Bond eyed for Le Grand school projects

dyawger@mercedsunstar.comNovember 24, 2013 

— School trustees in Le Grand are considering placing a general obligation bond issue on June’s election ballot to pay for improvements on the Le Grand High School athletic field and to build an agricultural farm and bus barn.

A survey conducted by Walnut Creek-based Isom Advisors for the Le Grand Union High School District showed 65 percent voter support for a bond measure. Fifty-five percent is needed for passage.

Superintendent Donna Alley estimated the bond would be for $2 million to $2.3 million. There is no other recourse, she said, because there are no developer fees coming in and no state money available for school construction.

“It looks like it would pass,” Alley said.

Facilities needs had been put on hold for the past few years because of the recession. Alley is not sure what the improvements will cost but will have an estimate when she meets with the district’s architect.

Trustee Jim Tesone said the Isom survey showed overwhelming support for a bond measure. The projects are things that have been needed for a long time.

“I love our school and our community,” Tesone said. “It’s up to the people. It’s not a want; it surely is a need. We understand things are tight but want to provide for the kids. Our intent is to keep it (the bond amount) as small as possible.”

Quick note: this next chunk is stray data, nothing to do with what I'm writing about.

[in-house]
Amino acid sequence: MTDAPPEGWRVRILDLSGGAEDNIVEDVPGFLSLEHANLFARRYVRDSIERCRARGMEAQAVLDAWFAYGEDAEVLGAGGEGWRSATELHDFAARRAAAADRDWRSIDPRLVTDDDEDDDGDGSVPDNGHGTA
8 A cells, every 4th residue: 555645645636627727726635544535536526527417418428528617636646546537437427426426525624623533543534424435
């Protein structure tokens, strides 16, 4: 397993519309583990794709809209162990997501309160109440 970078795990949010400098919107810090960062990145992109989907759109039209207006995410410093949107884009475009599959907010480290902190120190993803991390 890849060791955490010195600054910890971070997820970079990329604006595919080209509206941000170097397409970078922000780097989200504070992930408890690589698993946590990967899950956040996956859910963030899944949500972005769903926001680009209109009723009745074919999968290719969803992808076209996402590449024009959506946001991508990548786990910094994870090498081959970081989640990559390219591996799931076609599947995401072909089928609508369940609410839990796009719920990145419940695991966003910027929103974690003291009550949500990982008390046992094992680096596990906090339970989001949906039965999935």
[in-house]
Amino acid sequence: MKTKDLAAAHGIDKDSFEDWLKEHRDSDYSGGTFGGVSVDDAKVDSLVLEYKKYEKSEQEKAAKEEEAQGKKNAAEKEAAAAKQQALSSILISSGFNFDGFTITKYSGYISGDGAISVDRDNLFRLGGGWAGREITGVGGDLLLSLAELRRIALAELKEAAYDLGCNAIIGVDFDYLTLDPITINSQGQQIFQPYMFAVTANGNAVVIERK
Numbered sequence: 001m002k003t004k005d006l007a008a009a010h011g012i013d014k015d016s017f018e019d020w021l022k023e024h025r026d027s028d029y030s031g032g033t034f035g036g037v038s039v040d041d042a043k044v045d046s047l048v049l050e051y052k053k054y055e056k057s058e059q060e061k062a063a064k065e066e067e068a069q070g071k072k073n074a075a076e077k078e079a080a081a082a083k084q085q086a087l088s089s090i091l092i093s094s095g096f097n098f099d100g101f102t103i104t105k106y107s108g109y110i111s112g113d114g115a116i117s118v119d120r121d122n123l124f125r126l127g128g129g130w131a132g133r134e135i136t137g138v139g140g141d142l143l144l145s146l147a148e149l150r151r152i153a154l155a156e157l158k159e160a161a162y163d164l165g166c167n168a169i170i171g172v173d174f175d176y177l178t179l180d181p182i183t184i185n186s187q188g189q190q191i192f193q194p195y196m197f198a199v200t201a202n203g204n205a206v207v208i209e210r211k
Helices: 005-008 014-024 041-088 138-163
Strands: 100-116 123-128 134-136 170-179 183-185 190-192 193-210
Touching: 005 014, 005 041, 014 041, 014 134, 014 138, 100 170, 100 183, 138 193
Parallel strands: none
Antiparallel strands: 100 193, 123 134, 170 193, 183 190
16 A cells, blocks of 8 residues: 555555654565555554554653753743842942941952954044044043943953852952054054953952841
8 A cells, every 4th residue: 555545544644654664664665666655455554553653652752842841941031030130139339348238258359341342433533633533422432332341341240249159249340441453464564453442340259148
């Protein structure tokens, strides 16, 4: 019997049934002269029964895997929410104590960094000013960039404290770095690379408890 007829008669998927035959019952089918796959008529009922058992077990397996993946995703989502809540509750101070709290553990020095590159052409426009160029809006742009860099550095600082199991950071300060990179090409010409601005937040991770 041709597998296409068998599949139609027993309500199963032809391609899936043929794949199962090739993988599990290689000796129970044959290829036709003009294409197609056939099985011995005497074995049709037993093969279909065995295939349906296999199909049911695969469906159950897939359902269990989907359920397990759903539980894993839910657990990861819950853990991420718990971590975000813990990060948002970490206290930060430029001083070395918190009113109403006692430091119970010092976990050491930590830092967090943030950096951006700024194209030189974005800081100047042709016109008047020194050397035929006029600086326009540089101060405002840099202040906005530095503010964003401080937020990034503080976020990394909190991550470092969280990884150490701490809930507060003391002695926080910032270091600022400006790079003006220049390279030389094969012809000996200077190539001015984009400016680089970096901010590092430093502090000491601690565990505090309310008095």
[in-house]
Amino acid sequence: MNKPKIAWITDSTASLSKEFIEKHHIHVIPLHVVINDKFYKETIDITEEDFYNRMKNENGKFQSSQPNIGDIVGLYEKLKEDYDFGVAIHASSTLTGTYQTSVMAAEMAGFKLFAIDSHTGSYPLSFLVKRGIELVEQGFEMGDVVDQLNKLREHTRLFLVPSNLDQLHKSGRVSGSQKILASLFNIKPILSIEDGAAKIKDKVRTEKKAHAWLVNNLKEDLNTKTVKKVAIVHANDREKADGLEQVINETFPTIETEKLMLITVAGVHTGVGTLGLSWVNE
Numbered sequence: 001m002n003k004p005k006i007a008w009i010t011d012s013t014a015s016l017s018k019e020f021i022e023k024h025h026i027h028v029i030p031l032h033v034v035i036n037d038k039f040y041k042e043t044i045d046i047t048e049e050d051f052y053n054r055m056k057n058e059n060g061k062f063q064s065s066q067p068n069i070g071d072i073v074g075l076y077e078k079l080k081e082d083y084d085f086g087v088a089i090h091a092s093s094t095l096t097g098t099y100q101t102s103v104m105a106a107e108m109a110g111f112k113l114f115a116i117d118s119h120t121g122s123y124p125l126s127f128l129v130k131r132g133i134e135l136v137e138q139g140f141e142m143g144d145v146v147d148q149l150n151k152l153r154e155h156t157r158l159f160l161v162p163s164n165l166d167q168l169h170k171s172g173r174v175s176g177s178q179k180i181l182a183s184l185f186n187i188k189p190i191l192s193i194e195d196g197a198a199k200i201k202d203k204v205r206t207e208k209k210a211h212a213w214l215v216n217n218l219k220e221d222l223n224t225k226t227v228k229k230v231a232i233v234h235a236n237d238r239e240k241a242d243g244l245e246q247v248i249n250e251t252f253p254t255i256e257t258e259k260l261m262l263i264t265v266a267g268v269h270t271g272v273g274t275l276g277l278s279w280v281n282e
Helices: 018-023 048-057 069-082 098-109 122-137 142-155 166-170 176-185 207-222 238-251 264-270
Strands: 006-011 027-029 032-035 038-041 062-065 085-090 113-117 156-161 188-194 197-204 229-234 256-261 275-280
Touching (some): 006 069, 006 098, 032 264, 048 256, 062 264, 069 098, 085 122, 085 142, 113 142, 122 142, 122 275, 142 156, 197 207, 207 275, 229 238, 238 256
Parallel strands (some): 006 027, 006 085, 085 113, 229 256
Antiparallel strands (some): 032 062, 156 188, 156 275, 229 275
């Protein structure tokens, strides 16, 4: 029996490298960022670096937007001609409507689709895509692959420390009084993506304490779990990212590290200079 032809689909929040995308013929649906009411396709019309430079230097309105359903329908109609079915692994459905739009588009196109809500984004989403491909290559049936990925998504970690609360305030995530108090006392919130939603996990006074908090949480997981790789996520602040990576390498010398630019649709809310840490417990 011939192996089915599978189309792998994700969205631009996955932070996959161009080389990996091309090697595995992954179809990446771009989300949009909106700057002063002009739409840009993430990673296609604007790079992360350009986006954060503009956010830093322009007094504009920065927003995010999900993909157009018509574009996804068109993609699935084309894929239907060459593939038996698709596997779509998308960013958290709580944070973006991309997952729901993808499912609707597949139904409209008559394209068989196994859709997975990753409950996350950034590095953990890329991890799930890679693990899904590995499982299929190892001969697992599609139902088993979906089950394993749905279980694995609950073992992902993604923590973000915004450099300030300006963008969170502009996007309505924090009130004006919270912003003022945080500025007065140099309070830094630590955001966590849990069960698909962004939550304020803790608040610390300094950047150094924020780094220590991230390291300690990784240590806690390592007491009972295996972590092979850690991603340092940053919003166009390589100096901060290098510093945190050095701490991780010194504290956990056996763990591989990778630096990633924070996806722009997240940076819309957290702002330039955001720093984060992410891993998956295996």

Alley said bleachers need to be replaced at Fontes-Geary Athletic Field, along with the press box. The ag farm is needed so students who live in town have a convenient place to raise their project animals. Construction of a bus barn that is accessible to the handicapped is also envisioned.

Alley said the district has 516 students. A 2006 bond financed $1 million in improvements to the school cafeteria. The district has about $8.7 million in bonding capacity.

Trustee John Chavez, a former Planada school superintendent for 18 years, said 65 percent of the Le Grand High student body live in Planada. Stressing he was speaking only for himself, Chavez favors seeking a bond election.

“It will only enhance what we are already doing well,” Chavez said.

Trustee David Serrano said his thoughts are mixed on the bond election. As a property owner, he said, he’s reluctant to add more taxes, but as a trustee he recognizes the bond seems to be the only alternative.

“We were looking for funding and couldn’t find any,” Serrano said. “There’s nothing out there.”

Isom representatives told trustees the survey testing voter attitudes regarding the district, projects to be funded by the proposed measure and tax tolerances was conducted Oct. 29 through Nov. 1. There are 2,477 registered voters in the district.

During the three-day calling period of the survey, 181 households were contacted, representing 26 percent of the 705 households with a working phone number. Isom representatives said support for a bond measure was 65.7 percent.

Sun-Star staff writer Doane Yawger can be reached at (209) 385-2407 or

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